India Insight

Responsibility or censorship: why Bollywood should pick

(Any opinions expressed here are those of the author, and not necessarily those of Thomson Reuters Corp.)

The mother and father of the 23-year-old Delhi gang-rape victim were cremating their daughter’s body around the same time I discovered Honey Singh, now lately known for his notorious song, “Ch**t,” or “Cu*t.” The song revolves around the singer’s vision of satisfying a woman’s lust, followed by beating her with a shoe and then moving on to other things.

While India convulses over its people’s shameful treatment of women, its inadequate rape laws and questions about how to change an entire society, Singh’s star has been rising in Bollywood. The industry apparently likes what it hears.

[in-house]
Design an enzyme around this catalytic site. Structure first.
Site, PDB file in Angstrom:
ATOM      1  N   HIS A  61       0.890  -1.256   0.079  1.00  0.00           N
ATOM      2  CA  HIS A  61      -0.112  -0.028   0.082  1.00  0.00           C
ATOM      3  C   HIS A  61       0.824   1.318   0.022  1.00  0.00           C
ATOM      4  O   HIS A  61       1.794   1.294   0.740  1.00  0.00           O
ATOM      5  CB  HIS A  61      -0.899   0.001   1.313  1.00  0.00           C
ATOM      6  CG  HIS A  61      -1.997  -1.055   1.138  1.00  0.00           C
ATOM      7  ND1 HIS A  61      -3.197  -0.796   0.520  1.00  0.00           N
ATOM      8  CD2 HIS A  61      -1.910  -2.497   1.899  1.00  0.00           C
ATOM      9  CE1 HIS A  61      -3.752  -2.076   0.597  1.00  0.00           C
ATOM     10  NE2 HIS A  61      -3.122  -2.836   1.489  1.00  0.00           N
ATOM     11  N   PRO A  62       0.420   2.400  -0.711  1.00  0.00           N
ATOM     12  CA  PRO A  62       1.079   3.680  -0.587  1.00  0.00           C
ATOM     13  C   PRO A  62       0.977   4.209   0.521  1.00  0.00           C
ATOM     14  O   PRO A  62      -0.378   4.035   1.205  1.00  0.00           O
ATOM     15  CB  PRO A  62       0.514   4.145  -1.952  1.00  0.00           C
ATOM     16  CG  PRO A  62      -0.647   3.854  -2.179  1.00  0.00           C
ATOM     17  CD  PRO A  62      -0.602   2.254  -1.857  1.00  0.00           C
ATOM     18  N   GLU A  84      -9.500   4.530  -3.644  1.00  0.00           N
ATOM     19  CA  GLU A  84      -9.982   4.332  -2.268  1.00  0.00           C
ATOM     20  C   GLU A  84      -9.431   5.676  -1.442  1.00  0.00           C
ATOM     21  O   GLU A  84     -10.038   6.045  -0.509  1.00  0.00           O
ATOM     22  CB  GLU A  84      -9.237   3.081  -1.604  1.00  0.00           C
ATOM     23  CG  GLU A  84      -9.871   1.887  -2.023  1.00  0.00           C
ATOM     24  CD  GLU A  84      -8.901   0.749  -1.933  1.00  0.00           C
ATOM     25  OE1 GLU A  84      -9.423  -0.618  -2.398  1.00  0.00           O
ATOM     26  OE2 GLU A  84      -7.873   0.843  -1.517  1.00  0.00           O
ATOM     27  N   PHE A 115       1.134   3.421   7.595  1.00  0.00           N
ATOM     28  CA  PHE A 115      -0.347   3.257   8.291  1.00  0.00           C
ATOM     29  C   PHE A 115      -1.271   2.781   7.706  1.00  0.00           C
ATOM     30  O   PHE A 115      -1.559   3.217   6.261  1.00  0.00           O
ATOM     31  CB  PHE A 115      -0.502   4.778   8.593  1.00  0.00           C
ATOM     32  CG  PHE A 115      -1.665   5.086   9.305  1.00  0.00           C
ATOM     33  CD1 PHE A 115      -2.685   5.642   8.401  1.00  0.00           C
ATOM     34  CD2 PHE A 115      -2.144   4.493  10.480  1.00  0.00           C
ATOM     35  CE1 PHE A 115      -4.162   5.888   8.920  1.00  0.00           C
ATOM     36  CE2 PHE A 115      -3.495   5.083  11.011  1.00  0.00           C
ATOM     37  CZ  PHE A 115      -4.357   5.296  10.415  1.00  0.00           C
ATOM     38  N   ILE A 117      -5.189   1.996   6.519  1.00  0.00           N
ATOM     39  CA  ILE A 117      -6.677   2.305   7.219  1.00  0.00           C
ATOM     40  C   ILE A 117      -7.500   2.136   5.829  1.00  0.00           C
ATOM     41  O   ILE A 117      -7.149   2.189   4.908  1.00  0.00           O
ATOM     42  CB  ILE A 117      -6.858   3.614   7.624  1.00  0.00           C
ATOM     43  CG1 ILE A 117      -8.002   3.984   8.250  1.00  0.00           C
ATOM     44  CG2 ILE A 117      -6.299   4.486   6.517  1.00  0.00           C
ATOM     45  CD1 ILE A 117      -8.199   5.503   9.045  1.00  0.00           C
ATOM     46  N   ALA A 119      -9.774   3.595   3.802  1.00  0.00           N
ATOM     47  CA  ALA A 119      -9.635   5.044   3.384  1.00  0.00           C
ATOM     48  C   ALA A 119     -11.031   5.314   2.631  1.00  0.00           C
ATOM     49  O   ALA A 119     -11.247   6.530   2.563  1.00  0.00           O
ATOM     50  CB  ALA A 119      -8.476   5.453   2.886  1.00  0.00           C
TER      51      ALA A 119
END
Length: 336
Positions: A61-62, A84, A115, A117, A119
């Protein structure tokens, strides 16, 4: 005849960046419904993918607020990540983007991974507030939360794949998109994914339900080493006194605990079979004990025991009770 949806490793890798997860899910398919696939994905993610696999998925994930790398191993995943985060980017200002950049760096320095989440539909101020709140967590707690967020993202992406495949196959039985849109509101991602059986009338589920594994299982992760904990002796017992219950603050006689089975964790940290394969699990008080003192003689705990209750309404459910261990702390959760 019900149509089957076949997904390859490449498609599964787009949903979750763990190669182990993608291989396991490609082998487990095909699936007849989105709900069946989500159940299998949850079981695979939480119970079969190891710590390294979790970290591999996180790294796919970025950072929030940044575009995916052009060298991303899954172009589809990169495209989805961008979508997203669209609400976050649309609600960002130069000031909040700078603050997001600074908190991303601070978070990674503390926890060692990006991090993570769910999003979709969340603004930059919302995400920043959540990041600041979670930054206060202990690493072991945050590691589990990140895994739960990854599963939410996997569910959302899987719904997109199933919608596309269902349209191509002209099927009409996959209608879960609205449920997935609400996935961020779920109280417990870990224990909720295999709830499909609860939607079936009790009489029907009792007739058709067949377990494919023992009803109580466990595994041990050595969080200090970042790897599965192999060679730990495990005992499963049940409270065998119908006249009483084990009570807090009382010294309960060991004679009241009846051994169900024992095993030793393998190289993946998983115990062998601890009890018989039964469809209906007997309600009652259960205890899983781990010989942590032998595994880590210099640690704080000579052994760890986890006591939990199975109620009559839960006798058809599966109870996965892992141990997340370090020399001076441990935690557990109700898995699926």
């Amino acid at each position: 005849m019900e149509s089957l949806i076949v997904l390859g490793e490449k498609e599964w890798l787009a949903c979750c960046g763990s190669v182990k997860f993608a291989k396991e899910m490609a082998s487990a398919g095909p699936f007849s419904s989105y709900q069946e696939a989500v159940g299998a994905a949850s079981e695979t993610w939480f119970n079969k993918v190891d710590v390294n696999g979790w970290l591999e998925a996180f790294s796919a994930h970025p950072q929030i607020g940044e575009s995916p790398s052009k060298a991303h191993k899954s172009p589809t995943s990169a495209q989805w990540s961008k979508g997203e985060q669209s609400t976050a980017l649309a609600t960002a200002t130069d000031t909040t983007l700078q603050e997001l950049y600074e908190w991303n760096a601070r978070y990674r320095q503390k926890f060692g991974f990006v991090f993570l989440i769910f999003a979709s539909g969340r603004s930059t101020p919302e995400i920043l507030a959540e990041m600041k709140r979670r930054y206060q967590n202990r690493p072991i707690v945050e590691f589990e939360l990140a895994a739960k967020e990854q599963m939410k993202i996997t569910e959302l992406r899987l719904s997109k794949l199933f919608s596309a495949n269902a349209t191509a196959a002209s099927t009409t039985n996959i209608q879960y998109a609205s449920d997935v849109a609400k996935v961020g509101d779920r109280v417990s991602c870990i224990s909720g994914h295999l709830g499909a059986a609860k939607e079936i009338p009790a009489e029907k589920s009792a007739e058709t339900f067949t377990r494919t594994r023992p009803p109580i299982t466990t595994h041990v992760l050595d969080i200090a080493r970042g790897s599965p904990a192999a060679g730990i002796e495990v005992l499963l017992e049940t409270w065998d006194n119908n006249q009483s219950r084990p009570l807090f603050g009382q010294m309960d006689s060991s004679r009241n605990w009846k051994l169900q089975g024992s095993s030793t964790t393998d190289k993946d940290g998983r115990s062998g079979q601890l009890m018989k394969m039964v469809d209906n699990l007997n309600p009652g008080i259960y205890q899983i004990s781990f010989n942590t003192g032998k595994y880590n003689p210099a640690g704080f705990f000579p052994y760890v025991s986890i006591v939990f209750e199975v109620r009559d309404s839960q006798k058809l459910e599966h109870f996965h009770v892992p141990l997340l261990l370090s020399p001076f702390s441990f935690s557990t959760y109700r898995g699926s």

Whether the trouble he has encountered over his songs will stall that career remains to be seen, but it is safe to say that Bollywood has a record of promoting a dim, if adulatory view of women. But it is time the industry takes responsibility for what it perpetrates under the garb of “entertainment.”

India’s influence over what we see, the tunes we hum and the weaving of the tapestry of our pop culture is huge. Teenagers and adults  often dress like the hottest actors and actresses of the season, talk like them and woo each other with songs and dialogue from hit films and almost inevitably have, at some points of their life, imitated their onscreen role models. Bollywood’s bounty is as boundless as the seas, but much of the time, we’re the fish.